Software to track residents’ service demands

By: Eric Czarnik | Sterling Heights Sentry | Published March 23, 2016

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The Sterling Heights City Council recently clicked “on” for a proposal that officials say will fund new city customer service software to make handling resident concerns more efficient.

During a March 15 meeting, the council voted unanimously to fund the SeeClickFix software and its accompanying app for three years — starting July 1 — at an annual rate of $18,696. The proposal was part of the city’s consent agenda, and City Council members did not discuss the issue during the meeting.

According to a city memo, the software will help the Community Relations Department deal with residents’ nonemergency service requests on issues ranging from tall grass to potholes.

City officials said they initially investigated four software possibilities and narrowed them down to two: SeeClickFix and PublicStuff. The memo said city officials chose SeeClickFix in part because it was ready-to-install without much need for customization.

After the March 15 meeting, Sterling Heights Community Relations Director Bridget Doyle said her department has a good customer service system. Normally, residents call or email the department, and then those requests are forwarded to city departments like the Police Department or the Department of Public Works.

“What we do at Community Relations is we pass along these messages to the various departments,” Doyle said. “We are taking these messages, packaging them and sending it along.”

But while Doyle said the city has a track record for resolving complaints, she said Community Relations doesn’t always hear about the issues’ resolutions, and sometimes residents will call back and ask for the status on fixing their complaints.

“For a pothole at 16 Mile and Dodge Park Road, the DPW may be in the process of filling it. It’s at the top of their list, but the resident doesn’t know that,” she said.

What the SeeClickFix system will do is let the resident track complaints in progress and see when the issues are resolved, Doyle said. She said residents may opt to make their requests public or private on the upcoming system, though she said it might be more helpful when the requests are public, since it could reduce duplicate requests.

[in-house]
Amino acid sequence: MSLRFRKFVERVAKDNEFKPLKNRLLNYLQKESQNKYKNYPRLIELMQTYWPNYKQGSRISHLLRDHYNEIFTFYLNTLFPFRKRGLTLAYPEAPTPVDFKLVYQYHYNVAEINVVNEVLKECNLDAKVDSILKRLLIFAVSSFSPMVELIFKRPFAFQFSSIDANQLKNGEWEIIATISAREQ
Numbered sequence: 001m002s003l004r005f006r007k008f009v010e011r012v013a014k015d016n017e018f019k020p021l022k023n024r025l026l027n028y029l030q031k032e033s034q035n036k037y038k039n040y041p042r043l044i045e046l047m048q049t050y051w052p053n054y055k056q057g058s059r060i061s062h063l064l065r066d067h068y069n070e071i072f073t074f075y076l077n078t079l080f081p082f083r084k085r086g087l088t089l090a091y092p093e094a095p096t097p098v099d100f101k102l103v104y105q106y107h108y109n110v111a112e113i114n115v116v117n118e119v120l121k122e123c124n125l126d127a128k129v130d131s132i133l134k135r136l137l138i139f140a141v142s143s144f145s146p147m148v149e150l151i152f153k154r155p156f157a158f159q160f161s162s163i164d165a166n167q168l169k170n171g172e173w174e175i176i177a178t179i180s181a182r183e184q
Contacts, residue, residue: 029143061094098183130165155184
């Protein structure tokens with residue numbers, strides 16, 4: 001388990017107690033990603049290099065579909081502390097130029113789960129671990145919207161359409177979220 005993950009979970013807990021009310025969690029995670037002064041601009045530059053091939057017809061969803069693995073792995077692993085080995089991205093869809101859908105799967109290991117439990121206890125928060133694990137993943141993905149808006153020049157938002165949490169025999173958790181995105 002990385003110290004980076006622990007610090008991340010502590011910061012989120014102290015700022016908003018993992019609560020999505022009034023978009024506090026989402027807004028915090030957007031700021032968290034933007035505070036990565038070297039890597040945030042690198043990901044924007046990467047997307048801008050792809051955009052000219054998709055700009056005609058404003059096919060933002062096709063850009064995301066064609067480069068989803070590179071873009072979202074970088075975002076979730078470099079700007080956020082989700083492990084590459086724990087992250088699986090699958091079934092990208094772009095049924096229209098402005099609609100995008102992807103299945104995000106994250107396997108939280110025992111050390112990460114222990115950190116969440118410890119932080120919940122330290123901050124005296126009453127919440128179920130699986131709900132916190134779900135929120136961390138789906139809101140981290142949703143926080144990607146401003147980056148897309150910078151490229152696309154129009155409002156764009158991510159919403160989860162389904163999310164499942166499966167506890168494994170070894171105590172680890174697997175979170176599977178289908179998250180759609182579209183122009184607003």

“It’s a more interactive way to get people involved in customer service, for people to understand and know that their voice is heard and that citizen engagement is known in Sterling Heights,” she said.

Doyle said the software features a map of Sterling Heights so that residents can pinpoint where problems are located. The city will categorize common problems that residents mention, she said.

“We’ll be creating the categories,” she said. “It’ll be anything from trash or debris or graffiti. Even along the trails, if there is a tree down. And there will be an ‘other’ category.”

According to a city memo, the software will be integrated with the Sterling Heights website.

Sterling Heights Department of Public Works Director Michael Moore said he looks forward to the software’s rollout this summer because it will more efficiently notify the proper personnel to get to work.

Moore said the city regularly gets calls from residents about tree trimming, potholes, sanitary sewer backups, water in basements and other tasks that need addressing.

“It’s really part of the daily job responsibilities that we have,” he said. “Work orders are generated, and staff are dispatched to areas of concern.”

The customer service software is among recent measures the city has tried to use technological resources to make itself more responsive to residents in the past year:

• Last year, the city formally unveiled the overhaul of its website through its partnership with the Kansas firm CivicPlus. The redesign was intended to make the site easier to use on mobile platforms, and it also included a new user interface, an email notification system and an online payment system.

• Last year, the city hired a social media and marketing firm that helped the city grow its social media outreach through sites such as Facebook and Twitter.

• In December, the City Development Department announced that the city put some how-to guides online that covered building topics. The department also added quick response codes to certain paperwork. If a smartphone is equipped with the right app, a phone can scan the paper work’s QR code, which connects the phone to a website that contains additional information on permits or scheduling.

Learn more about Sterling Heights by visiting www.sterling-heights.net or by calling (586) 446-2489. To see more details about SeeClickFix, visit en.seeclickfix.com.

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